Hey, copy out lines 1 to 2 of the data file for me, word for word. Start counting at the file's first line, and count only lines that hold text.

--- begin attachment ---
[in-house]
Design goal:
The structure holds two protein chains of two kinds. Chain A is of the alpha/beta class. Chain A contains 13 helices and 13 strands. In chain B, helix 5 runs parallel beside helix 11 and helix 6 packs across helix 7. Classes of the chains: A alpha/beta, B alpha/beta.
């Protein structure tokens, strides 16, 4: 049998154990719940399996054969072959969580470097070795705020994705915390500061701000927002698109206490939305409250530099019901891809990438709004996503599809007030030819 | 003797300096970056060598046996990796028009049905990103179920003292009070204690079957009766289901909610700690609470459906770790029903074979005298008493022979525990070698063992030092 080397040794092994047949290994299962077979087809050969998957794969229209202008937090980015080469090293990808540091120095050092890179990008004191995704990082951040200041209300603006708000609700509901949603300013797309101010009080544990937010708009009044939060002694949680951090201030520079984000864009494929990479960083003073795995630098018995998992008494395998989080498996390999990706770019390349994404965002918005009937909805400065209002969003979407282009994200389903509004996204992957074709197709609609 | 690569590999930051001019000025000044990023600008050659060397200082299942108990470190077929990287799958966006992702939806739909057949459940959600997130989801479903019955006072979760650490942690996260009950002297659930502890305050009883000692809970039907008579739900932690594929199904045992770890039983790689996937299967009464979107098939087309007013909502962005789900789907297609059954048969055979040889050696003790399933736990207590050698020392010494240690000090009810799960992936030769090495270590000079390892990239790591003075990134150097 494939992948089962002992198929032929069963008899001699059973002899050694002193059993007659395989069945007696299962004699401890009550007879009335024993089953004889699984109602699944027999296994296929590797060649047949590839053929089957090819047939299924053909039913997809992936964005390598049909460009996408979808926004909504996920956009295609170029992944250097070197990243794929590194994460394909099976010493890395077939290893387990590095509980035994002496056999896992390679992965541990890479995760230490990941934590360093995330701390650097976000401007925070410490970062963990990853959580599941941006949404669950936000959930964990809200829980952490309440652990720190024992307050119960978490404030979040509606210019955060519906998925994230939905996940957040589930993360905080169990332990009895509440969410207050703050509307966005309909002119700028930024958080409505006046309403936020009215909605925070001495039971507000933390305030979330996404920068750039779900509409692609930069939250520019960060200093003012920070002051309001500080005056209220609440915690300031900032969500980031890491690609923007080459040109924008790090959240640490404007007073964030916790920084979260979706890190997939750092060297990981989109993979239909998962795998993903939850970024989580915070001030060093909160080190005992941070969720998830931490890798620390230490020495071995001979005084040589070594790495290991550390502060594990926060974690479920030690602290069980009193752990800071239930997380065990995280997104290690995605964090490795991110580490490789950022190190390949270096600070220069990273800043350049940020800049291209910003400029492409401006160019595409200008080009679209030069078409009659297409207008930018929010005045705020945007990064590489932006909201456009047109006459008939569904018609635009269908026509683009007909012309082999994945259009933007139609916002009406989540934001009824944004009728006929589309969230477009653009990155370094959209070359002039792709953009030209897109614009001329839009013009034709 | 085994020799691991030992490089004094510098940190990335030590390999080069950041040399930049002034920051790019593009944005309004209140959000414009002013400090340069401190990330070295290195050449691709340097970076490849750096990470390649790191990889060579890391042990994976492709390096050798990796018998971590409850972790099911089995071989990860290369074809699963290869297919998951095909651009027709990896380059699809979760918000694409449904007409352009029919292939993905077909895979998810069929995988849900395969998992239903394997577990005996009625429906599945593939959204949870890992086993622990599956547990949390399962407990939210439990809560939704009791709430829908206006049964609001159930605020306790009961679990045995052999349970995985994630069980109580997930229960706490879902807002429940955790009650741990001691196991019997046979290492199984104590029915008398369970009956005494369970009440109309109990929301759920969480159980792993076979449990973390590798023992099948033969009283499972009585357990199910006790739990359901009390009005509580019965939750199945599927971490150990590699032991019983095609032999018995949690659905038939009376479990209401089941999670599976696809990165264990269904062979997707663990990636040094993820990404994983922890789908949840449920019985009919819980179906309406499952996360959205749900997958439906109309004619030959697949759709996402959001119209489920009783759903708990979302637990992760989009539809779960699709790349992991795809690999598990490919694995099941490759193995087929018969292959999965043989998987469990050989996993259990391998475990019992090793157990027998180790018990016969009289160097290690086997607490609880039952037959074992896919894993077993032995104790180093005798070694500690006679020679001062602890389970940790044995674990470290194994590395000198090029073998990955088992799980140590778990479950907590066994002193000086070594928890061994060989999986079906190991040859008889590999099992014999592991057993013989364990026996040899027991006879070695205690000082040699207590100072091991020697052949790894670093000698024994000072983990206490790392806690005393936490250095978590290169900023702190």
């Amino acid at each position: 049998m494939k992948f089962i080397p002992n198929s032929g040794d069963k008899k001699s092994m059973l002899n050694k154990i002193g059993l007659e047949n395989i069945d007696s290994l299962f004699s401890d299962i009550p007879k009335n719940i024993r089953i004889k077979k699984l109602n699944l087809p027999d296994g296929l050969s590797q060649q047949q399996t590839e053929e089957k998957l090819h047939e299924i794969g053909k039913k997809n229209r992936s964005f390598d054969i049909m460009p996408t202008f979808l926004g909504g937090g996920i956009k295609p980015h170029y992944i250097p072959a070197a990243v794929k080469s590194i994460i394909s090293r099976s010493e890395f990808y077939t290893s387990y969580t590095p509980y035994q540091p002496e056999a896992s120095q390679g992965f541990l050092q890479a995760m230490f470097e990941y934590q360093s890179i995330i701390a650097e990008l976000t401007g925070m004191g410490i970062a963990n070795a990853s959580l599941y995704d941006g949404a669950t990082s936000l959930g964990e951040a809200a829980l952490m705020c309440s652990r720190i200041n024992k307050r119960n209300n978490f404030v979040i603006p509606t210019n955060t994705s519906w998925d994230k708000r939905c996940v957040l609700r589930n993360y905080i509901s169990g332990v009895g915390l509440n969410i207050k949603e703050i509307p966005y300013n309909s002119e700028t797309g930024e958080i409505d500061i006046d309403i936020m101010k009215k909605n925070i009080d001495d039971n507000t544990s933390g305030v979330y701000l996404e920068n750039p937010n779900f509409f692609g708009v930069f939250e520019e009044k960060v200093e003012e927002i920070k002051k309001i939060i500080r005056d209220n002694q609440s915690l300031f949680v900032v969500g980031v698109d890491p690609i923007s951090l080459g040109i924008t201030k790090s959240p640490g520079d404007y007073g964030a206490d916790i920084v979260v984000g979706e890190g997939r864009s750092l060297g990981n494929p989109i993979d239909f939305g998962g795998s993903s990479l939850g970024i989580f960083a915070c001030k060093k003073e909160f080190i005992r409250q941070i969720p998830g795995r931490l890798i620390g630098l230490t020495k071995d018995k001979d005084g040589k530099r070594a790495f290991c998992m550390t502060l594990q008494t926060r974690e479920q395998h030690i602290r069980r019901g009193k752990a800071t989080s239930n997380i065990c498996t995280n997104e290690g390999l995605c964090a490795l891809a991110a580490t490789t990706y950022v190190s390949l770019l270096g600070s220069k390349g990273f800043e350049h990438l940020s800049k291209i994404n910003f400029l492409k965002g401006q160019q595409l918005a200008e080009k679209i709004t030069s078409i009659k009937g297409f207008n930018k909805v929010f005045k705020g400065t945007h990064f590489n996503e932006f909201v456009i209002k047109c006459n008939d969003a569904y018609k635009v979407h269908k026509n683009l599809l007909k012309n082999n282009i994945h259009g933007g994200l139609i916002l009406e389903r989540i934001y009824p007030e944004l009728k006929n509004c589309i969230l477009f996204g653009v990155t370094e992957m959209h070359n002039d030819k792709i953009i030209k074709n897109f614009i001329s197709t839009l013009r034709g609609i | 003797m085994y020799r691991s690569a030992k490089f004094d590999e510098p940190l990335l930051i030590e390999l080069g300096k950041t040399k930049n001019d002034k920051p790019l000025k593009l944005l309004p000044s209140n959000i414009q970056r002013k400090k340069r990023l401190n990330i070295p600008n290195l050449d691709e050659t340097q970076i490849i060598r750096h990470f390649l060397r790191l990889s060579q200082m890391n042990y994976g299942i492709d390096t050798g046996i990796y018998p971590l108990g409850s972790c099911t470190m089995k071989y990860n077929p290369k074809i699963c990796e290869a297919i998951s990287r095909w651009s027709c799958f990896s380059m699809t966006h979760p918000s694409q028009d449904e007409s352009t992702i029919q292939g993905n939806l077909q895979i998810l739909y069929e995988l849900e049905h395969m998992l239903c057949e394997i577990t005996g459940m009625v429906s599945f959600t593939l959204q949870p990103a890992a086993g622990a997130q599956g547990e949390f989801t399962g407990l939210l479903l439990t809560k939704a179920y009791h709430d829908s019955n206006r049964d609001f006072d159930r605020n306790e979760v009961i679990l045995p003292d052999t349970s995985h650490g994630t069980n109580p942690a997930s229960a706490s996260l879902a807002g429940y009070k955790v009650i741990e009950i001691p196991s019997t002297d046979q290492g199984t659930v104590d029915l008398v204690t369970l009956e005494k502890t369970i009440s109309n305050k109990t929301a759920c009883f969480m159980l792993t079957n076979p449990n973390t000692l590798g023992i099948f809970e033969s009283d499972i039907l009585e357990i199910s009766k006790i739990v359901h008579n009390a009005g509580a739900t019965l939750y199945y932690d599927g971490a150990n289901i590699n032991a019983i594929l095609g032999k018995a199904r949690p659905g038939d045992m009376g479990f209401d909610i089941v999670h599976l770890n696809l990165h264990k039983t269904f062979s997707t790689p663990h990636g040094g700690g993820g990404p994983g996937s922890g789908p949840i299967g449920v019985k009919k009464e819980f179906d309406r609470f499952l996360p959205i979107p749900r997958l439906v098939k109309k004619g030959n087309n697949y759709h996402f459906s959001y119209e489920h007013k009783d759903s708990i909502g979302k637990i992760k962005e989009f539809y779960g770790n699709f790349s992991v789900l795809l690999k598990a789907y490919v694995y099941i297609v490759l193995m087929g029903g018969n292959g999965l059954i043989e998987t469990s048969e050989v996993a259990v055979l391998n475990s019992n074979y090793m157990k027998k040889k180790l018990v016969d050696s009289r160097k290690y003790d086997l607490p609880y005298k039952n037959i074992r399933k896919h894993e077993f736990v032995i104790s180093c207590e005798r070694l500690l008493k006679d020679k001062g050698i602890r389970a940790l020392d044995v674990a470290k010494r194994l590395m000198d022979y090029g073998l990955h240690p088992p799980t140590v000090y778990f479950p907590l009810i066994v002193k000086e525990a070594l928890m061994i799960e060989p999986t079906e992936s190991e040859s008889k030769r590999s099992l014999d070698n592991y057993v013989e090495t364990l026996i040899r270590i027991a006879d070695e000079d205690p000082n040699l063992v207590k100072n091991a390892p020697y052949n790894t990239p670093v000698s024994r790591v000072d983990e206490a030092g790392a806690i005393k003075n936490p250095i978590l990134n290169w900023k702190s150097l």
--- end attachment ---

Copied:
[in-house]
Design goal: